nl9b02835_si_002.mp4 (25.72 MB)

Silicon-Core–Carbon-Shell Nanoparticles for Lithium-Ion Batteries: Rational Comparison between Amorphous and Graphitic Carbon Coatings

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posted on 28.09.2019, 12:30 by Giorgio Nava, Joseph Schwan, Matthew G. Boebinger, Matthew T. McDowell, Lorenzo Mangolini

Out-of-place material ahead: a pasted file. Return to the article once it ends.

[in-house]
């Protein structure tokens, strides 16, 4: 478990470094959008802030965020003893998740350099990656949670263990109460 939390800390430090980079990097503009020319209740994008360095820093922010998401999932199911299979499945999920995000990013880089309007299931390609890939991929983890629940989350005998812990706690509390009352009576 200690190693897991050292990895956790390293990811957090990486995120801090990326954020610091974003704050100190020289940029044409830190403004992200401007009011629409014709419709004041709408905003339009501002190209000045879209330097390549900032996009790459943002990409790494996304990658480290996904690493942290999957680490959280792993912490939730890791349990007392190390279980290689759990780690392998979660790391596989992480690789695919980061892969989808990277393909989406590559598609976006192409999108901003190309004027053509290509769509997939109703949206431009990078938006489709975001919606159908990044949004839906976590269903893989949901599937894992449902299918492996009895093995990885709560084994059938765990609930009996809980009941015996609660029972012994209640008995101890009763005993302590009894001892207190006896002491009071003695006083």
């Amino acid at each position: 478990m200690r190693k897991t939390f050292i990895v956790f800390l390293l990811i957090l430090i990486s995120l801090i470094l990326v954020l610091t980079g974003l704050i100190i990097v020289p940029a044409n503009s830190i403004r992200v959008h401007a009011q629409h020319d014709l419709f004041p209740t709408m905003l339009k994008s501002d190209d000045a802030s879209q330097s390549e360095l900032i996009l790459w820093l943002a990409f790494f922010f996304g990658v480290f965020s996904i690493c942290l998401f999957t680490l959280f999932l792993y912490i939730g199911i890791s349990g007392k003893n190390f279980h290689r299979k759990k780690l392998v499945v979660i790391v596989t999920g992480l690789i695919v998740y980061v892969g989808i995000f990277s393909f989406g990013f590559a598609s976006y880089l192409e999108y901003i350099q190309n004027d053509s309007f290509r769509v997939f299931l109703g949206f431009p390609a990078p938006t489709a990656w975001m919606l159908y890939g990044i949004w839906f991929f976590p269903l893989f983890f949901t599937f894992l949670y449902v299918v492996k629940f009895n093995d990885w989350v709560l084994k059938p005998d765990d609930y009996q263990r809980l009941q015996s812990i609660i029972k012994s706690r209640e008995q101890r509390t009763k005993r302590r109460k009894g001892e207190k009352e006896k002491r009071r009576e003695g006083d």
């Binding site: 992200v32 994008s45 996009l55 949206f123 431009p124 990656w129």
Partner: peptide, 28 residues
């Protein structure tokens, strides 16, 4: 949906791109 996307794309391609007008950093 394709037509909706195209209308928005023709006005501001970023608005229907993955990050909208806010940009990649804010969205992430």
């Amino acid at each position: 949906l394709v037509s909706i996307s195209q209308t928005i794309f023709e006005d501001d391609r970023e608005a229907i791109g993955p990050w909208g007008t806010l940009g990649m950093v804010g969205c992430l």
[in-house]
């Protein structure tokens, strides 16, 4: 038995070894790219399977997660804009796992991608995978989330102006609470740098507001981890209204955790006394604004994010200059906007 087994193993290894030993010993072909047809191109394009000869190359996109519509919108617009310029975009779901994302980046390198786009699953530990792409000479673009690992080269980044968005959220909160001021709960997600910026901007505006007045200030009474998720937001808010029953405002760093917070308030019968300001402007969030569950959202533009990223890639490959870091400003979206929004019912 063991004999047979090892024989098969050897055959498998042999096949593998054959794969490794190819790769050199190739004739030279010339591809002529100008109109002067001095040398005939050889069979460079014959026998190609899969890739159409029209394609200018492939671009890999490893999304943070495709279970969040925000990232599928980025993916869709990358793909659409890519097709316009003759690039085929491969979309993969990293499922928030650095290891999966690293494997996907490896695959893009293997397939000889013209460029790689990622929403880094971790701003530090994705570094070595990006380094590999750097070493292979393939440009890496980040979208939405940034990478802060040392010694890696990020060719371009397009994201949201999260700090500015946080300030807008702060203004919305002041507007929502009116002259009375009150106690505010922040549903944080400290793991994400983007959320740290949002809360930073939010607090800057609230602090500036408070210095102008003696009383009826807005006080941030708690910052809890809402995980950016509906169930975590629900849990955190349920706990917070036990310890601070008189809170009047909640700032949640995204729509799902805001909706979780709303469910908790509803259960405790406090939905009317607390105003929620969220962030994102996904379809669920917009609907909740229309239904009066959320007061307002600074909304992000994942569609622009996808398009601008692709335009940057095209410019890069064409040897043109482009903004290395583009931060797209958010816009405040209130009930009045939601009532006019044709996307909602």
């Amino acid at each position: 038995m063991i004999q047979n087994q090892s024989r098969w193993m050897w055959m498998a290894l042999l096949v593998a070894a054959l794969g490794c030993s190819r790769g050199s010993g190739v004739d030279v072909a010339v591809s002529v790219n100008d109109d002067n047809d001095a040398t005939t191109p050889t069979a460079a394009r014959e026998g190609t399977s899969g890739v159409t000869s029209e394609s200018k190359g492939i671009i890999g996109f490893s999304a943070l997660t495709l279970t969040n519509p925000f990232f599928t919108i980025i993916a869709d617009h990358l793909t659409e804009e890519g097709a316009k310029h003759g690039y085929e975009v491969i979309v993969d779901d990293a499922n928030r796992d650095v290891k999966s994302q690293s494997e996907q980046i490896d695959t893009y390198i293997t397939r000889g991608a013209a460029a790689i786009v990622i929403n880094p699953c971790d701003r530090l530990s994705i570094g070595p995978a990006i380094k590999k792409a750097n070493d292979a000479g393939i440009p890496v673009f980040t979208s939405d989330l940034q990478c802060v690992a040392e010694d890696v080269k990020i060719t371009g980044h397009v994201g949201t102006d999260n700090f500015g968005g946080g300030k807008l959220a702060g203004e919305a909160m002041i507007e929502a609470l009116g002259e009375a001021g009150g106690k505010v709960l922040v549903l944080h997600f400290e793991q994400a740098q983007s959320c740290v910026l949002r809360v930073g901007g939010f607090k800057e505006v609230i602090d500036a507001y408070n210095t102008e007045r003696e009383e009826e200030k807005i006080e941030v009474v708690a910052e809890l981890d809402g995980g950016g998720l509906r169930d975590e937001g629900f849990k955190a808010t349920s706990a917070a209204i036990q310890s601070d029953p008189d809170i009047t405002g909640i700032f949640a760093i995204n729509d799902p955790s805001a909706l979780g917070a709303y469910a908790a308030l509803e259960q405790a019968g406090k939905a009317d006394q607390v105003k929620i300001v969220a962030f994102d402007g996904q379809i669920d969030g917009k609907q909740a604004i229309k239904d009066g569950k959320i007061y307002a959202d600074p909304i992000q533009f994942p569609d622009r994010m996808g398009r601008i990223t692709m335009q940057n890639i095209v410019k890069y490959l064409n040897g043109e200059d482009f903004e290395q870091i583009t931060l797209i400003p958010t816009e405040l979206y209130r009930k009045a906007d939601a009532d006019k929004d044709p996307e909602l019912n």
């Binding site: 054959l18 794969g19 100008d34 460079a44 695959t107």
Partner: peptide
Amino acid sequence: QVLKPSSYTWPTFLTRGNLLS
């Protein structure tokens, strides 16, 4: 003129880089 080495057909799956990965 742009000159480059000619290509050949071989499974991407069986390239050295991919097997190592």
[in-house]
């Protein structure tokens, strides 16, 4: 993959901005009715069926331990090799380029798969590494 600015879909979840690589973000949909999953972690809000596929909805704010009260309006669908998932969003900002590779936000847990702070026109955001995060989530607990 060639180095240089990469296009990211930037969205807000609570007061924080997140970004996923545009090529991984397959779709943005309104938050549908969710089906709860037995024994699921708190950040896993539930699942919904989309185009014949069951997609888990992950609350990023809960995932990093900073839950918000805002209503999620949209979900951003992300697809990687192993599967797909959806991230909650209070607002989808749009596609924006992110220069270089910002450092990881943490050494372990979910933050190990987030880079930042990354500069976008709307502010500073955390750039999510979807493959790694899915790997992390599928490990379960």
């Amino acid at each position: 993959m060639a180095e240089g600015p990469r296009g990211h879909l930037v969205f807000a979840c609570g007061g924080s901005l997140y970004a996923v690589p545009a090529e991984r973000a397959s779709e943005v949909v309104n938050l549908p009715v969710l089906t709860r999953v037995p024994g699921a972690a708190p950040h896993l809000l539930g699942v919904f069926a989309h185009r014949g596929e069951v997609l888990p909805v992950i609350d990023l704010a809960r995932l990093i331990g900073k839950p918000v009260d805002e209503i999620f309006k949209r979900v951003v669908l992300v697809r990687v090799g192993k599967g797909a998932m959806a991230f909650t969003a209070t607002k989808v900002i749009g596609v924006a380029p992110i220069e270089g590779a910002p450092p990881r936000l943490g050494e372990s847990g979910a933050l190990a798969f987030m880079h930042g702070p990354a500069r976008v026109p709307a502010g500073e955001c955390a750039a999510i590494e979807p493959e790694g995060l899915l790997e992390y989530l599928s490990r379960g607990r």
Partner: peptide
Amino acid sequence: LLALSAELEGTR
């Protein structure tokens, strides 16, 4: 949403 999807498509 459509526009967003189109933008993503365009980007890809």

Silicon-core–carbon-shell nanoparticles have been widely studied as promising candidates for the replacement of graphite in commercial lithium-ion batteries. Over more than 10 years of R&D, the many groups actively working in this field have proposed a profusion of distinctive nanomaterial designs. This broad variety makes it extremely challenging to establish mechanistic insight into how fundamental material structure and properties affect battery performance. In particular, the interplay between the character of the carbon encapsulation layer and the electrochemical performance of the composite is still poorly understood. In this work, we aim to address this lack of knowledge through the development of a modified chemical vapor deposition approach that enables precise control of the degree of graphitization of the carbon coating. We provide a comparison between core–shell structures maintaining identical silicon cores with different types of carbon shells, that is, graphitic carbon and amorphous carbon. A highly graphitic carbon layer is not only characterized by higher electrical conductivity but markedly favors the transport of lithium ions into the silicon core with respect to an amorphous one. This advantageous property confers better cycling stability to the composite material. We also demonstrate that the graphitic-carbon-coated particles display excellent electrochemical performance even when used as a simple “drop-in” additive in graphite-dominant anodes for current generation Li-ion batteries. Replacement of 10% by weight of graphite in the electrode composition results in an increase of 60% in the storage capacity with a first cycle Coulombic efficiency of 91% and capacity retention over 100 cycles of 86%.